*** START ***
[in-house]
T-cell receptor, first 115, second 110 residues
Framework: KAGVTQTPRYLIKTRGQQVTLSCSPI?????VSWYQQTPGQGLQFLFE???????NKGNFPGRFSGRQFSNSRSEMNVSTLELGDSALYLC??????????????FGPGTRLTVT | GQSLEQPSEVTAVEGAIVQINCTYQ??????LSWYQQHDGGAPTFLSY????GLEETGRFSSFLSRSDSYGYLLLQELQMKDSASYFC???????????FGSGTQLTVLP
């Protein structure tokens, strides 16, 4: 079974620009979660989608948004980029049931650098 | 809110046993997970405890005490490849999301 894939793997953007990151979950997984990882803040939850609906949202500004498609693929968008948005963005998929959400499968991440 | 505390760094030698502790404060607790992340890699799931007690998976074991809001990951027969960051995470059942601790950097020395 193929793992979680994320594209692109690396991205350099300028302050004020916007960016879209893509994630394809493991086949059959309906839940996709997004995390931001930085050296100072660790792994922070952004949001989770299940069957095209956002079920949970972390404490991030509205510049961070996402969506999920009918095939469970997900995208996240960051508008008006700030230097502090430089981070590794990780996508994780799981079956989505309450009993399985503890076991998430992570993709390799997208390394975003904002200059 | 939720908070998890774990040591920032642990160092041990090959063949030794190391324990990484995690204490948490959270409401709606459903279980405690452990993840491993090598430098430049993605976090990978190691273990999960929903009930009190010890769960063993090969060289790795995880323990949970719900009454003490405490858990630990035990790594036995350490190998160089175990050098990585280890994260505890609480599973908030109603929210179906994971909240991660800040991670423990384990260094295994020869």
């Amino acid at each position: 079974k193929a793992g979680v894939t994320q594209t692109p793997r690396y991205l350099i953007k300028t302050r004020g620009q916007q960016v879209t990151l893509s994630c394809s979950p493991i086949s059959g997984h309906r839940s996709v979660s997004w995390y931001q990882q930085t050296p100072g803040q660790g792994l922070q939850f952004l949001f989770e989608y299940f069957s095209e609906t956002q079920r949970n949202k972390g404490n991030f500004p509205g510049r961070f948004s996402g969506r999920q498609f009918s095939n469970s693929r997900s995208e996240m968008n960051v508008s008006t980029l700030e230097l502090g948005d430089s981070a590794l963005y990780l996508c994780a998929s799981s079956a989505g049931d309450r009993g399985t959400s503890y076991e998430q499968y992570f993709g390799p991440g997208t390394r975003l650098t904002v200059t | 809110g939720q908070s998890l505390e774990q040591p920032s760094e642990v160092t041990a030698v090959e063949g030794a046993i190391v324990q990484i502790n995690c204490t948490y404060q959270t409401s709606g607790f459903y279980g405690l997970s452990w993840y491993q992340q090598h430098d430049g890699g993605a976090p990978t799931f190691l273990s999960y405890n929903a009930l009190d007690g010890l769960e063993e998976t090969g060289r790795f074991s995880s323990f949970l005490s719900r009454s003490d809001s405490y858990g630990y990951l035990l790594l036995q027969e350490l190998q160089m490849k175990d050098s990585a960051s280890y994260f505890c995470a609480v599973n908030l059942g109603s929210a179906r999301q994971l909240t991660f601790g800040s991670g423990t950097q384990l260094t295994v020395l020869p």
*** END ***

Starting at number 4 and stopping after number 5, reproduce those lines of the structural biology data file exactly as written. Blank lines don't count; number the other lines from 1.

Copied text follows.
């Protein structure tokens, strides 16, 4: 079974620009979660989608948004980029049931650098 | 809110046993997970405890005490490849999301 894939793997953007990151979950997984990882803040939850609906949202500004498609693929968008948005963005998929959400499968991440 | 505390760094030698502790404060607790992340890699799931007690998976074991809001990951027969960051995470059942601790950097020395 193929793992979680994320594209692109690396991205350099300028302050004020916007960016879209893509994630394809493991086949059959309906839940996709997004995390931001930085050296100072660790792994922070952004949001989770299940069957095209956002079920949970972390404490991030509205510049961070996402969506999920009918095939469970997900995208996240960051508008008006700030230097502090430089981070590794990780996508994780799981079956989505309450009993399985503890076991998430992570993709390799997208390394975003904002200059 | 939720908070998890774990040591920032642990160092041990090959063949030794190391324990990484995690204490948490959270409401709606459903279980405690452990993840491993090598430098430049993605976090990978190691273990999960929903009930009190010890769960063993090969060289790795995880323990949970719900009454003490405490858990630990035990790594036995350490190998160089175990050098990585280890994260505890609480599973908030109603929210179906994971909240991660800040991670423990384990260094295994020869």
């Amino acid at each position: 079974k193929a793992g979680v894939t994320q594209t692109p793997r690396y991205l350099i953007k300028t302050r004020g620009q916007q960016v879209t990151l893509s994630c394809s979950p493991i086949s059959g997984h309906r839940s996709v979660s997004w995390y931001q990882q930085t050296p100072g803040q660790g792994l922070q939850f952004l949001f989770e989608y299940f069957s095209e609906t956002q079920r949970n949202k972390g404490n991030f500004p509205g510049r961070f948004s996402g969506r999920q498609f009918s095939n469970s693929r997900s995208e996240m968008n960051v508008s008006t980029l700030e230097l502090g948005d430089s981070a590794l963005y990780l996508c994780a998929s799981s079956a989505g049931d309450r009993g399985t959400s503890y076991e998430q499968y992570f993709g390799p991440g997208t390394r975003l650098t904002v200059t | 809110g939720q908070s998890l505390e774990q040591p920032s760094e642990v160092t041990a030698v090959e063949g030794a046993i190391v324990q990484i502790n995690c204490t948490y404060q959270t409401s709606g607790f459903y279980g405690l997970s452990w993840y491993q992340q090598h430098d430049g890699g993605a976090p990978t799931f190691l273990s999960y405890n929903a009930l009190d007690g010890l769960e063993e998976t090969g060289r790795f074991s995880s323990f949970l005490s719900r009454s003490d809001s405490y858990g630990y990951l035990l790594l036995q027969e350490l190998q160089m490849k175990d050098s990585a960051s280890y994260f505890c995470a609480v599973n908030l059942g109603s929210a179906r999301q994971l909240t991660f601790g800040s991670g423990t950097q384990l260094t295994v020395l020869p």